How to get cheap tickets at the Edinburgh Festival and Fringe
If you're looking to save some money during this year's Edinburgh Festival season, we have a solution.
A month of non-stop art, culture and entertainment sounds fantastic on paper, but constantly shelling out for International Festival or Fringe performances can get expensive.
Here are some easy ways to save your cash while still seeing the best of what the Festival has to offer.
Book in advance
It might sound obvious, but the spontaneous nature of the Festival (and particularly the Fringe) means that not everyone plans ahead. If you are able book some shows in advance, you’ll probably be able to save some money in the process.
Some acts charge less on certain days of the week - usually quieter week day evenings - and more at the weekends. You’re likely to be able to save a few pounds if you book nice and early before those cheaper performances have sold out.
2 for 1
Some Fringe acts offer a two-for-one deal on tickets for certain performances, meaning you and a friend can split the normal ticket cost between you. Unsurprisingly, these limited performances tend to sell out fast.
Be organised and you might be able to see many of the shows you’re looking forward to at half price.
If you can round up at least nine friends or family members, you may be able to take advantage of a group discount when booking Fringe shows.
Not all performances offer a group discount, but it’s worth checking.
Half Price Hut
If you aren’t one for planning ahead, you can still grab a few bargains at the Fringe if you know where to look for them.
When August actually rolls around, the Virgin Money Half Price Hut pops up outside the Scottish National Gallery, at the foot of The Mound. The hut is open daily (usually from around 10am to 9pm) and offers hundreds of half price ticket deals to shows.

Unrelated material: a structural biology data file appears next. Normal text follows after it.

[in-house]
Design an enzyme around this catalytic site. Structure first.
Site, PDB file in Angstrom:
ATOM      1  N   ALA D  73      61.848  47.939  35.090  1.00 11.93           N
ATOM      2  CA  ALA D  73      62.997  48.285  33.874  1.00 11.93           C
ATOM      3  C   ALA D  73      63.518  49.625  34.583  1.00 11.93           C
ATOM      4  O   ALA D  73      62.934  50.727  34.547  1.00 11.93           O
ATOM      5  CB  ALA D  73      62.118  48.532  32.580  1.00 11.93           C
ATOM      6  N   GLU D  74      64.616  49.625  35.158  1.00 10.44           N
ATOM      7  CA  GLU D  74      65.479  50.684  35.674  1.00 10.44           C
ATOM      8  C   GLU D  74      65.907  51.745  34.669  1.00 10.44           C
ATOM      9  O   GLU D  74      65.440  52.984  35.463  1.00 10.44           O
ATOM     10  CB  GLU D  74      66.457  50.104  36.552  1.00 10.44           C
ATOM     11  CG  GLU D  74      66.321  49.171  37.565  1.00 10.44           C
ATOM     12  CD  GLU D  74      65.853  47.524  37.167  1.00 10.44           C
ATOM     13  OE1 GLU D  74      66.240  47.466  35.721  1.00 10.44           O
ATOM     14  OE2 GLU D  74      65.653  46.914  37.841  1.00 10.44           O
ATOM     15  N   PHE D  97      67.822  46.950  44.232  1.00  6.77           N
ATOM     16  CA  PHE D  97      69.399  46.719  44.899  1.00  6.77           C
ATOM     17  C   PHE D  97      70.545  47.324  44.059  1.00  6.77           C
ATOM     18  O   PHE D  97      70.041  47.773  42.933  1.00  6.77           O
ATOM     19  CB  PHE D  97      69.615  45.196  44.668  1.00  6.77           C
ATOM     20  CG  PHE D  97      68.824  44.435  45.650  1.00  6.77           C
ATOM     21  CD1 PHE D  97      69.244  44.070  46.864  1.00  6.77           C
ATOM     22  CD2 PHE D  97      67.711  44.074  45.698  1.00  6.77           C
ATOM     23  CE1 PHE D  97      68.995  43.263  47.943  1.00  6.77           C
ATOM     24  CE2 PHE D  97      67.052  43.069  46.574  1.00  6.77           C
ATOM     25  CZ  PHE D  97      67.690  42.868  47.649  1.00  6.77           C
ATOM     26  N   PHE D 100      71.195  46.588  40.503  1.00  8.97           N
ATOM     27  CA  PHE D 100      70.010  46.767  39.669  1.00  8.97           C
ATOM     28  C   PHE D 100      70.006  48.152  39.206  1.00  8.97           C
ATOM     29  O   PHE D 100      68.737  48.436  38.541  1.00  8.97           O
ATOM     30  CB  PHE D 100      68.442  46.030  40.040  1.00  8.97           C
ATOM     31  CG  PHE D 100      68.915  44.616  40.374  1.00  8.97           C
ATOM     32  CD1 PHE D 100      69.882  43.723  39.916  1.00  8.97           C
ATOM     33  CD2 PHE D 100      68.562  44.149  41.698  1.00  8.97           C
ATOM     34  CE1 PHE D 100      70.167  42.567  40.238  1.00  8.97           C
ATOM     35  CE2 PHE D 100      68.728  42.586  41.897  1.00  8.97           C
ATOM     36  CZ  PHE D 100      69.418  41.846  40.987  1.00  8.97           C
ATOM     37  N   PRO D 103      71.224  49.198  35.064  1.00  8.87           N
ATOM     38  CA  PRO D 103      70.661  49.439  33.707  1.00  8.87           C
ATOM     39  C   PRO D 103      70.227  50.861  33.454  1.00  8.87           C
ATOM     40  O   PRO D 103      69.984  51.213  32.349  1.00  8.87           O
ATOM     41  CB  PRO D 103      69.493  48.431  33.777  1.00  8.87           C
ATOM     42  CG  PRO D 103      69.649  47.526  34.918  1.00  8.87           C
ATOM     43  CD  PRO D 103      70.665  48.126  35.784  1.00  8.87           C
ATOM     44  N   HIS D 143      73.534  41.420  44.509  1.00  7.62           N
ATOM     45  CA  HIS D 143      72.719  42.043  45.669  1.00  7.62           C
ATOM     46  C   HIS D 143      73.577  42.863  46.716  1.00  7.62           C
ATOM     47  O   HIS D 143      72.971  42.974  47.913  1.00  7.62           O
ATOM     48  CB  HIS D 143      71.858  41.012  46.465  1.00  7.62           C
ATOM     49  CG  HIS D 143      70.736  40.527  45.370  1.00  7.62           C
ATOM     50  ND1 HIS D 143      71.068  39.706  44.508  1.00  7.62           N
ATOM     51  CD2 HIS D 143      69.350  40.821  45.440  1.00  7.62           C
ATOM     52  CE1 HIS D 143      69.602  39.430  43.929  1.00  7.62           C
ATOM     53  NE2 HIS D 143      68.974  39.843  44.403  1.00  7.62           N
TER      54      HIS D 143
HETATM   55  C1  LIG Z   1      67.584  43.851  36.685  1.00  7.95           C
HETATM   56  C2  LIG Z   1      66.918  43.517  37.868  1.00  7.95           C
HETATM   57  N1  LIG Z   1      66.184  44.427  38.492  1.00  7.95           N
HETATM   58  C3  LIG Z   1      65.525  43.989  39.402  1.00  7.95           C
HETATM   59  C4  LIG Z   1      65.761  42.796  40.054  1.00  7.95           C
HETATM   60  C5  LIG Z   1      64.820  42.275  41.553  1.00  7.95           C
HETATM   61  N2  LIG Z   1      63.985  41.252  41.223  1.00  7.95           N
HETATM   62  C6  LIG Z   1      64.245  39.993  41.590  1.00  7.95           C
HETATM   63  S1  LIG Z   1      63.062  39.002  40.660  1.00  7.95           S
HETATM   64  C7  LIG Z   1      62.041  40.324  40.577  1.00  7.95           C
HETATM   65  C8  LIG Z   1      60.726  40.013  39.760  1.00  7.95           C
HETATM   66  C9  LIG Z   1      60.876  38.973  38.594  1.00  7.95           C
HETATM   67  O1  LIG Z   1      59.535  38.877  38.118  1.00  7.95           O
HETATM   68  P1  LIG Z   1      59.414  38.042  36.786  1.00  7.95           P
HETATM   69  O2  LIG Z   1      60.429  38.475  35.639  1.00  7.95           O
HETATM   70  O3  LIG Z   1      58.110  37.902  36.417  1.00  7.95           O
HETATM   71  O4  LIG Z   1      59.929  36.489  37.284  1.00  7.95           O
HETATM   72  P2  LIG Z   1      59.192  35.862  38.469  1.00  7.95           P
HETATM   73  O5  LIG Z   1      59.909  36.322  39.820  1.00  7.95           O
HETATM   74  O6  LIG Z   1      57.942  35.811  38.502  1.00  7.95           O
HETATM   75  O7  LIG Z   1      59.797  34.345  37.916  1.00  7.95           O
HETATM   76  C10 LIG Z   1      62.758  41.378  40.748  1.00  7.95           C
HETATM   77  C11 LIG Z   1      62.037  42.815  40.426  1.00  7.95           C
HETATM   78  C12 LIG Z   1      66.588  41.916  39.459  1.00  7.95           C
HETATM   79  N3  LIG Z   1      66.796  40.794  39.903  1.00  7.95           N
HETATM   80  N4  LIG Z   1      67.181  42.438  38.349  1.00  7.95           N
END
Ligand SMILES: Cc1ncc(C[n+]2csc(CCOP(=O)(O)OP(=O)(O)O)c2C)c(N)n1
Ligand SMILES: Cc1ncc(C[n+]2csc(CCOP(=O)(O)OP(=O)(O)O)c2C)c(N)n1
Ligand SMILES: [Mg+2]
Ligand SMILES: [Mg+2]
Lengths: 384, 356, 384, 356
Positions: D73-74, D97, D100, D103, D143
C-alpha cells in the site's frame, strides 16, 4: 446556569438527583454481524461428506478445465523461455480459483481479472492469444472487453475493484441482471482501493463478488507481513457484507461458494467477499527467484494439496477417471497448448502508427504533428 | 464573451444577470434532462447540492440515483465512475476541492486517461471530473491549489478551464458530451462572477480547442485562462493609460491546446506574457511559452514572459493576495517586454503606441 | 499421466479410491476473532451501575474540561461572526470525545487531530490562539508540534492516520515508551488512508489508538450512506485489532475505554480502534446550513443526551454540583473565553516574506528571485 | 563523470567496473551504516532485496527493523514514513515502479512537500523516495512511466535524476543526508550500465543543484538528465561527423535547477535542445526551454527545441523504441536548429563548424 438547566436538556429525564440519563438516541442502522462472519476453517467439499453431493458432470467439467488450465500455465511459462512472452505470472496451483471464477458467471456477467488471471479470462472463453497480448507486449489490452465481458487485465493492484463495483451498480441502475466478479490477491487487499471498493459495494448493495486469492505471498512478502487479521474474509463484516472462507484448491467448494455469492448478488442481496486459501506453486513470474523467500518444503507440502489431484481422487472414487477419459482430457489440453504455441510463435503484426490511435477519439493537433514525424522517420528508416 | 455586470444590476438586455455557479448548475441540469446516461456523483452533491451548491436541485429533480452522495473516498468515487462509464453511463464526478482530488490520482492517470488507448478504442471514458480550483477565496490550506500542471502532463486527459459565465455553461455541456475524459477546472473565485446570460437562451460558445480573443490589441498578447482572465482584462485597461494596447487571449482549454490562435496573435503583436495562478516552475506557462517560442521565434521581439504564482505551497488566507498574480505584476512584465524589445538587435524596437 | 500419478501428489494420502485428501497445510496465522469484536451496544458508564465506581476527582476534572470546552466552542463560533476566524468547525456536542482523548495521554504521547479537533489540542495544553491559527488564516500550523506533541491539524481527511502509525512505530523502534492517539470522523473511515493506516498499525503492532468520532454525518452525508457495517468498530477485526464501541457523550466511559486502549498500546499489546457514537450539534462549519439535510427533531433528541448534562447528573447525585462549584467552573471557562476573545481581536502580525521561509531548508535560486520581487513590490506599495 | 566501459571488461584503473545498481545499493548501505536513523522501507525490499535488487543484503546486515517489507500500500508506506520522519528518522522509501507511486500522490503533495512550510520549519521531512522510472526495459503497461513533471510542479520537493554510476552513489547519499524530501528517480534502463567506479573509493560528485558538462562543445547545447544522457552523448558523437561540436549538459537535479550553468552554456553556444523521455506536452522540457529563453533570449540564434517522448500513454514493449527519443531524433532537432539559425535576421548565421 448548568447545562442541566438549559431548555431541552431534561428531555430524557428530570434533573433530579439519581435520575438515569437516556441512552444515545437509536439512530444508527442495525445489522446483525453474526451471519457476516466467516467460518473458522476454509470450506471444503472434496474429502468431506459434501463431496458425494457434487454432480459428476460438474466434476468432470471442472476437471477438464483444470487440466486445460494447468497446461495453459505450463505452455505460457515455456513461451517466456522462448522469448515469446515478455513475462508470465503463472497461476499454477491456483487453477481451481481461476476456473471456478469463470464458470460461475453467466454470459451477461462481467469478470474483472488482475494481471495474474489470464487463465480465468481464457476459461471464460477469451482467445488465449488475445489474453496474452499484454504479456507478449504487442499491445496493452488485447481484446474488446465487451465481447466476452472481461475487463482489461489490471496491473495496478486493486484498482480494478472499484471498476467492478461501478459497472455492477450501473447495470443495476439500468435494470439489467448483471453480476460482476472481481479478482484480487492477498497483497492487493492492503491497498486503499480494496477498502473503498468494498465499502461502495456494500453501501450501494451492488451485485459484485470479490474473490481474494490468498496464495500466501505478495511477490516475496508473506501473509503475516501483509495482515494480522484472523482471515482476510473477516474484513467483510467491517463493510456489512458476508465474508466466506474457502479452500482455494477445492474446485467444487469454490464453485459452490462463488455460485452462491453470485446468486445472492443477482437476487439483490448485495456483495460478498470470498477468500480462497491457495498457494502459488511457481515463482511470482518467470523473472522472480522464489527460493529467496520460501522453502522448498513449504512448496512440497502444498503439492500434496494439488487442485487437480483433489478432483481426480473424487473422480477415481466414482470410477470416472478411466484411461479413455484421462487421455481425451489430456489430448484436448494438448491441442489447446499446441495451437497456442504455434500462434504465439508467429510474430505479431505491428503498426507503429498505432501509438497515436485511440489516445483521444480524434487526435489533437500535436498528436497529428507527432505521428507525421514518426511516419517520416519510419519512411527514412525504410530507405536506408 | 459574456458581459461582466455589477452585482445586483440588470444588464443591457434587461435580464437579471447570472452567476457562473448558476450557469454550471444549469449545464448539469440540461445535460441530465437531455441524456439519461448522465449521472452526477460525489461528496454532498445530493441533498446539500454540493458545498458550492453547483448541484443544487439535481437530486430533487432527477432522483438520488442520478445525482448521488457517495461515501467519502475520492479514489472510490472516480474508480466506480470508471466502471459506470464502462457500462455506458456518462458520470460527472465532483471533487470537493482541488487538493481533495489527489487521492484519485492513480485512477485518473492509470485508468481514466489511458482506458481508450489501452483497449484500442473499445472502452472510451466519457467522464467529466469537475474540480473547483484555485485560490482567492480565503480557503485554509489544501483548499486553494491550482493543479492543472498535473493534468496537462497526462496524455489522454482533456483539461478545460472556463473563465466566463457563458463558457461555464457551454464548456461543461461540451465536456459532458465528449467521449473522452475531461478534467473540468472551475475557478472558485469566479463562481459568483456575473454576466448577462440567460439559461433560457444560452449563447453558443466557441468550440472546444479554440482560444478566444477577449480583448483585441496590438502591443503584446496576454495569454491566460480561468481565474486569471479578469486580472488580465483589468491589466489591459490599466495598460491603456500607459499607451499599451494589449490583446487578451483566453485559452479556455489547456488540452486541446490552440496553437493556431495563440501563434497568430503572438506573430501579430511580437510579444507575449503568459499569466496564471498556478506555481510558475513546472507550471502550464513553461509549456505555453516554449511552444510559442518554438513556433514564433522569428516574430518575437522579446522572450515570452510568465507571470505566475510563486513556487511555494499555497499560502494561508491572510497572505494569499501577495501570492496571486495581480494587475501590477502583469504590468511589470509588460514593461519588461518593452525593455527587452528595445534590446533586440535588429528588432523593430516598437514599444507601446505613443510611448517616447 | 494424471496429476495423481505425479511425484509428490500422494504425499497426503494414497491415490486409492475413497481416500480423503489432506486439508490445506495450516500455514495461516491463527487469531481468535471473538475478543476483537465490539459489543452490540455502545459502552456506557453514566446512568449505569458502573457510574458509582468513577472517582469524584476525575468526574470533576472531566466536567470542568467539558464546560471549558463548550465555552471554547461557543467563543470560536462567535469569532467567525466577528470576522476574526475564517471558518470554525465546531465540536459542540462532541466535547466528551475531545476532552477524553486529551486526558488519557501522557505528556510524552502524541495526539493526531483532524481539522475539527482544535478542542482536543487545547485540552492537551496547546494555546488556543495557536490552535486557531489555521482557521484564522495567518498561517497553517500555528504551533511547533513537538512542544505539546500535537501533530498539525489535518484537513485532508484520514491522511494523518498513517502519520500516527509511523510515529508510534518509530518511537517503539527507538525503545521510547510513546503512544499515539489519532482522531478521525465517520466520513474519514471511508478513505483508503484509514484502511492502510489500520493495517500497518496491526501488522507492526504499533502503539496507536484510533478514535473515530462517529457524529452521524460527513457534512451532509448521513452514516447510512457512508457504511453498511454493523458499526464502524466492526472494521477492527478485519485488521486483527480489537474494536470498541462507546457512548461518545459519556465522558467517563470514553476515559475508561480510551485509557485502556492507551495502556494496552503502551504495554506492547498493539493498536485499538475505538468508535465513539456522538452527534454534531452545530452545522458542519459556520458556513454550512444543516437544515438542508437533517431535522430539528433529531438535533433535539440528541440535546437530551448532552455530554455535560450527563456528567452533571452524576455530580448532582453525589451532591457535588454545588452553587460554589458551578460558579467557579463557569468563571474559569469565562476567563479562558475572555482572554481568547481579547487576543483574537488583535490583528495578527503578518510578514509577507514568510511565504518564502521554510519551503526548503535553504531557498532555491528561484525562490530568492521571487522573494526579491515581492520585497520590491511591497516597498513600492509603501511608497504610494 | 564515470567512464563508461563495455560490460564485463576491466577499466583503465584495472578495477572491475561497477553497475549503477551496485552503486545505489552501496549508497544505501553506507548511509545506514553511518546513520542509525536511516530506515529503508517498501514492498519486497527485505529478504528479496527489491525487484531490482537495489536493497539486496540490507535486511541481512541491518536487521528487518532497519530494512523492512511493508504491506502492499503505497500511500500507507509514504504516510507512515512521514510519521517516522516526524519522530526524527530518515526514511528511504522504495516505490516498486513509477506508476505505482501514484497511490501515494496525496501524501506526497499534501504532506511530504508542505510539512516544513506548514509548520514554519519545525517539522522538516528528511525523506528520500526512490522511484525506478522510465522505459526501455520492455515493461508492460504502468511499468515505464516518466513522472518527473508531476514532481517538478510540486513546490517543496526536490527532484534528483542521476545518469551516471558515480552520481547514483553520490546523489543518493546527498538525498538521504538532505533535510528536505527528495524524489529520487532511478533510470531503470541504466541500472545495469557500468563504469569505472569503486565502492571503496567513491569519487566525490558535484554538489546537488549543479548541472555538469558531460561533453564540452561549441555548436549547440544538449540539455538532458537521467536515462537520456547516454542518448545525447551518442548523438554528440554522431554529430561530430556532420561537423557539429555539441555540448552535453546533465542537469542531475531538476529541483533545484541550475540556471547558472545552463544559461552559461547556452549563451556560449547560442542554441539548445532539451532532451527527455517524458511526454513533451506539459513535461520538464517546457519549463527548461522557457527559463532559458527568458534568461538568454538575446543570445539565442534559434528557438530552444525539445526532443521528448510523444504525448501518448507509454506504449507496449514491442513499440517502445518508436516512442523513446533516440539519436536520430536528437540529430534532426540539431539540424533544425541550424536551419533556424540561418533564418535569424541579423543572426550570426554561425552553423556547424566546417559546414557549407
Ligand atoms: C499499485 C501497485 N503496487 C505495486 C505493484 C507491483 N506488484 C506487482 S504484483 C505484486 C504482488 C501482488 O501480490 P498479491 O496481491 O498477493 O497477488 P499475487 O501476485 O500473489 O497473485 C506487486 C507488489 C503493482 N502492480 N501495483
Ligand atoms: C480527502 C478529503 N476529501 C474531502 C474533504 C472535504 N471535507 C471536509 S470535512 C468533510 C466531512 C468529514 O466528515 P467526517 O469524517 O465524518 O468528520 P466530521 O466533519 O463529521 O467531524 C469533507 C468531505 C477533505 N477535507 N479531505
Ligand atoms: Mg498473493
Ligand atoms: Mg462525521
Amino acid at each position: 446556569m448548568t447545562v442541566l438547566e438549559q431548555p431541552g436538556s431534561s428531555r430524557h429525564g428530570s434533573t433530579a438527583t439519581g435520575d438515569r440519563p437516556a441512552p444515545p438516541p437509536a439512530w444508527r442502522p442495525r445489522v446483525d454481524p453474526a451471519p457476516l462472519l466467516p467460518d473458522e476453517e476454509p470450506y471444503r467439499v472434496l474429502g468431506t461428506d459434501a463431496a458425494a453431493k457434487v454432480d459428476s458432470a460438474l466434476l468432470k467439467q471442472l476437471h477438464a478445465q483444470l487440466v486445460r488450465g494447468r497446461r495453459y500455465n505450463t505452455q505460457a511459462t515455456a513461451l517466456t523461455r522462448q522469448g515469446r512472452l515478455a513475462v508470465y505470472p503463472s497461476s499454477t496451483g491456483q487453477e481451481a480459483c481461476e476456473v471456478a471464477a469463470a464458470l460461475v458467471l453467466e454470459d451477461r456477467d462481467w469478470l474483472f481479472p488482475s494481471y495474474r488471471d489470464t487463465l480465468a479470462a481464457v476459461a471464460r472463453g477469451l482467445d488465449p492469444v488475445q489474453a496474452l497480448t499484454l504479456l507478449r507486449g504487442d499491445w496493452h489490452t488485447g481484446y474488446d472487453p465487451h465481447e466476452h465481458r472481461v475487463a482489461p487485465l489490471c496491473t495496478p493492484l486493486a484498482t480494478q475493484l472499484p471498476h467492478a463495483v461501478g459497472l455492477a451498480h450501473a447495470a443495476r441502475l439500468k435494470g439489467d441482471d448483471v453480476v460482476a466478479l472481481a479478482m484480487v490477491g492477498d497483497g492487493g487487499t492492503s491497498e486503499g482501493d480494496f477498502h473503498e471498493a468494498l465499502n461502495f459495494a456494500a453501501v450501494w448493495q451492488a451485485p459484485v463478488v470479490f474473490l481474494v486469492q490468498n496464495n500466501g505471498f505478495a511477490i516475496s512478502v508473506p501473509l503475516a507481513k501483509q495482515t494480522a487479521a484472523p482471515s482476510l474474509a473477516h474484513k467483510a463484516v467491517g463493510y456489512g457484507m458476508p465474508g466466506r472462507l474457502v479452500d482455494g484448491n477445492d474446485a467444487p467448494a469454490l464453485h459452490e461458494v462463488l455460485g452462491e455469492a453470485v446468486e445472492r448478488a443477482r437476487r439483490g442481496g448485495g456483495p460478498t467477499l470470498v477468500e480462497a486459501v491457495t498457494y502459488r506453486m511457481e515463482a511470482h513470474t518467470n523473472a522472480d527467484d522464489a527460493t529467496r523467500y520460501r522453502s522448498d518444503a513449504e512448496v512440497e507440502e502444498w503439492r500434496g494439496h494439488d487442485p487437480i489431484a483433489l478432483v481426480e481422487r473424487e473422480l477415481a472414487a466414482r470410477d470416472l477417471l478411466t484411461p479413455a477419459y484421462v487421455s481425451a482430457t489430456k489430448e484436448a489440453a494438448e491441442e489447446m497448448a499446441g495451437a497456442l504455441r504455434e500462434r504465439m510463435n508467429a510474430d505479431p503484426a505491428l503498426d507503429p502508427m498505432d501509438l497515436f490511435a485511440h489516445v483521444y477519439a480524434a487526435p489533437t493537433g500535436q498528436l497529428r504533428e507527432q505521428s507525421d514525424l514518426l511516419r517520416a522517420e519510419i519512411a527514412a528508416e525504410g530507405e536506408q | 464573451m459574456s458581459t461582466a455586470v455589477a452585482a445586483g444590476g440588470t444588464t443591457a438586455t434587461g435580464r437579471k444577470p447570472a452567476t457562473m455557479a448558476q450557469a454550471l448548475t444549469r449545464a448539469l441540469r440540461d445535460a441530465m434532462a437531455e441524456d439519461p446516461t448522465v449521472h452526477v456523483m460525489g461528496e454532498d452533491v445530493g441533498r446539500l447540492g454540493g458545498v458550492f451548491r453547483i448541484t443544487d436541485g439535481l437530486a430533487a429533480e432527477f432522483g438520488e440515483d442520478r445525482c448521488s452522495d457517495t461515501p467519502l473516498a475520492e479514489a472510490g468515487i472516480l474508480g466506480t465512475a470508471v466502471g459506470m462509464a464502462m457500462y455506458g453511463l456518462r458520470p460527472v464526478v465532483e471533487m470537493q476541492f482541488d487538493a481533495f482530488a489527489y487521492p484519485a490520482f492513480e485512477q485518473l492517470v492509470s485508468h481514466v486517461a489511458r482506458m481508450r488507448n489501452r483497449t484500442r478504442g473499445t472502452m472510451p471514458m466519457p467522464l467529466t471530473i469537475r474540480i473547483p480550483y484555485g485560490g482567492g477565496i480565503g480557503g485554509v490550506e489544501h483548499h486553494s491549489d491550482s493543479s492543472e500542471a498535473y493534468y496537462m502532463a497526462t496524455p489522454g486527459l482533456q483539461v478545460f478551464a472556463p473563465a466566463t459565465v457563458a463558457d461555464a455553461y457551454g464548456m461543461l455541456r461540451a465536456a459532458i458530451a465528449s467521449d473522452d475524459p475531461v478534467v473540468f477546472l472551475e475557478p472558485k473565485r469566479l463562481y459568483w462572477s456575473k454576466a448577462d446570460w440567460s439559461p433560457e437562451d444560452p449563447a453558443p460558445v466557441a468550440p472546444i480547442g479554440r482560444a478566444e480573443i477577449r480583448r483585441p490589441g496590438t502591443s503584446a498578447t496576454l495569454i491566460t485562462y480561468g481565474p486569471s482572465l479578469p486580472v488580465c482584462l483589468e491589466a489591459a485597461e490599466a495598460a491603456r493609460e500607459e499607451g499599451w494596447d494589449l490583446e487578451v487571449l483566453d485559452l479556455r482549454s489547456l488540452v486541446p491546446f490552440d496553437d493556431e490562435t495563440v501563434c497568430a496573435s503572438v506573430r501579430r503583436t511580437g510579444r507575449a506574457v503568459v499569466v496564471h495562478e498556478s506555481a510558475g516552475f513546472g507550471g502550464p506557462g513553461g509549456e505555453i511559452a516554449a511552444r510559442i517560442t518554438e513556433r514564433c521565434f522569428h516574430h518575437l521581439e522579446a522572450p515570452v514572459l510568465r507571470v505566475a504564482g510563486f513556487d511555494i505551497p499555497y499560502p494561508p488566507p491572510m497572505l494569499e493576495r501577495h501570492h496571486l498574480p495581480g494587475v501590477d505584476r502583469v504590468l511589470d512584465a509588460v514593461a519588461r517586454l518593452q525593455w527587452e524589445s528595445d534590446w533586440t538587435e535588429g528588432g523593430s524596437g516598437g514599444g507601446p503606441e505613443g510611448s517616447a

Pay what you like
You won’t actually be required to buy a ticket for many shows at the Fringe. Instead, after the show you will be able to donate however much you like (or can) to the performer.
If you enjoyed the performance, it is good etiquette to put something in the bucket, but you can usually spend a lot less than you would on ticketed shows and still schedule in a full day’s entertainment.
Pay attention to the concession prices listed on both the International Festival and Fringe websites. As long as you can prove that you are eligible for the discount, you can save a significant amount of money.
Students, under 18s, Young Scot Card holders and European Youth Card holders are eligible for 50 per cent off tickets for selected performances at the International Festival. Senior citizens, arts workers and registered unemployed people can also get 30 per cent off tickets for certain shows.
If you are under the age of 26, you can also pay just £8 on the day for selected Festival performances, which must be bought directly from the ticket office.
Every Fringe show is priced differently, but several offer special family discounts, as well as concessions for students, unemployed people, customers with disabilities, senior citizens and children under 18.